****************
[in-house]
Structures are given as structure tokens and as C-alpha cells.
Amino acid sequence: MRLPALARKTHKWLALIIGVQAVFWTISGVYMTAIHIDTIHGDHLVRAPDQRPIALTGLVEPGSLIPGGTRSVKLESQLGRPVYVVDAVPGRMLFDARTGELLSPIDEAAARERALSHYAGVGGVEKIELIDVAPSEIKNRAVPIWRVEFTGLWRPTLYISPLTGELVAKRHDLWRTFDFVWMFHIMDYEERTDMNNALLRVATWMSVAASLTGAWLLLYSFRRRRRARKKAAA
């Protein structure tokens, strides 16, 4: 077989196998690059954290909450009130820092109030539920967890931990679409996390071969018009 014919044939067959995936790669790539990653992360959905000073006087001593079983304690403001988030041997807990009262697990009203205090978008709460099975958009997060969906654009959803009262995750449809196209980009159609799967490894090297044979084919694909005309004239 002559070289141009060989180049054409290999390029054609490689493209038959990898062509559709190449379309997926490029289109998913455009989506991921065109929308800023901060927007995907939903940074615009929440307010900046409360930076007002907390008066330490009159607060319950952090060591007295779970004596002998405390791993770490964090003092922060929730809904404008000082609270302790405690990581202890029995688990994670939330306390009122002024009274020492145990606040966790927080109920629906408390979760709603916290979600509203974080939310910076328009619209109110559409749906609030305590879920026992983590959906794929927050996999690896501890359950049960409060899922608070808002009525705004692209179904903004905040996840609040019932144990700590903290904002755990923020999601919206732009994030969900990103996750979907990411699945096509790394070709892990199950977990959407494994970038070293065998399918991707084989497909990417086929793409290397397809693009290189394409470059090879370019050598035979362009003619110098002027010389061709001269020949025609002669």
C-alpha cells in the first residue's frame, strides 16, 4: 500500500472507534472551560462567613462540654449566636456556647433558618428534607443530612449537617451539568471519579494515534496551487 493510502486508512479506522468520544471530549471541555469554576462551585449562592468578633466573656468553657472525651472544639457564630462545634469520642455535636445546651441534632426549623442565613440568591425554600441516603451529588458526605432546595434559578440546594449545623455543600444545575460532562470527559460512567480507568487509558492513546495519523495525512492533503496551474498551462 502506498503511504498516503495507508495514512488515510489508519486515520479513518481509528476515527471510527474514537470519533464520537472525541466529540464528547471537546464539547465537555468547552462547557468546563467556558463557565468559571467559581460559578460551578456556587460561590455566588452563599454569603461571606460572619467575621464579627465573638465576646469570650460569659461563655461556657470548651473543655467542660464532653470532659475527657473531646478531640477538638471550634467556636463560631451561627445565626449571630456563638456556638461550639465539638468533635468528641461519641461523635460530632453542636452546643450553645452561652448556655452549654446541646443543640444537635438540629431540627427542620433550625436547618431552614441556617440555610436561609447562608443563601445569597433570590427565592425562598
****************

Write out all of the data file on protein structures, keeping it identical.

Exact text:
[in-house]
Structures are given as structure tokens and as C-alpha cells.
Amino acid sequence: MRLPALARKTHKWLALIIGVQAVFWTISGVYMTAIHIDTIHGDHLVRAPDQRPIALTGLVEPGSLIPGGTRSVKLESQLGRPVYVVDAVPGRMLFDARTGELLSPIDEAAARERALSHYAGVGGVEKIELIDVAPSEIKNRAVPIWRVEFTGLWRPTLYISPLTGELVAKRHDLWRTFDFVWMFHIMDYEERTDMNNALLRVATWMSVAASLTGAWLLLYSFRRRRRARKKAAA
């Protein structure tokens, strides 16, 4: 077989196998690059954290909450009130820092109030539920967890931990679409996390071969018009 014919044939067959995936790669790539990653992360959905000073006087001593079983304690403001988030041997807990009262697990009203205090978008709460099975958009997060969906654009959803009262995750449809196209980009159609799967490894090297044979084919694909005309004239 002559070289141009060989180049054409290999390029054609490689493209038959990898062509559709190449379309997926490029289109998913455009989506991921065109929308800023901060927007995907939903940074615009929440307010900046409360930076007002907390008066330490009159607060319950952090060591007295779970004596002998405390791993770490964090003092922060929730809904404008000082609270302790405690990581202890029995688990994670939330306390009122002024009274020492145990606040966790927080109920629906408390979760709603916290979600509203974080939310910076328009619209109110559409749906609030305590879920026992983590959906794929927050996999690896501890359950049960409060899922608070808002009525705004692209179904903004905040996840609040019932144990700590903290904002755990923020999601919206732009994030969900990103996750979907990411699945096509790394070709892990199950977990959407494994970038070293065998399918991707084989497909990417086929793409290397397809693009290189394409470059090879370019050598035979362009003619110098002027010389061709001269020949025609002669």
C-alpha cells in the first residue's frame, strides 16, 4: 500500500472507534472551560462567613462540654449566636456556647433558618428534607443530612449537617451539568471519579494515534496551487 493510502486508512479506522468520544471530549471541555469554576462551585449562592468578633466573656468553657472525651472544639457564630462545634469520642455535636445546651441534632426549623442565613440568591425554600441516603451529588458526605432546595434559578440546594449545623455543600444545575460532562470527559460512567480507568487509558492513546495519523495525512492533503496551474498551462 502506498503511504498516503495507508495514512488515510489508519486515520479513518481509528476515527471510527474514537470519533464520537472525541466529540464528547471537546464539547465537555468547552462547557468546563467556558463557565468559571467559581460559578460551578456556587460561590455566588452563599454569603461571606460572619467575621464579627465573638465576646469570650460569659461563655461556657470548651473543655467542660464532653470532659475527657473531646478531640477538638471550634467556636463560631451561627445565626449571630456563638456556638461550639465539638468533635468528641461519641461523635460530632453542636452546643450553645452561652448556655452549654446541646443543640444537635438540629431540627427542620433550625436547618431552614441556617440555610436561609447562608443563601445569597433570590427565592425562598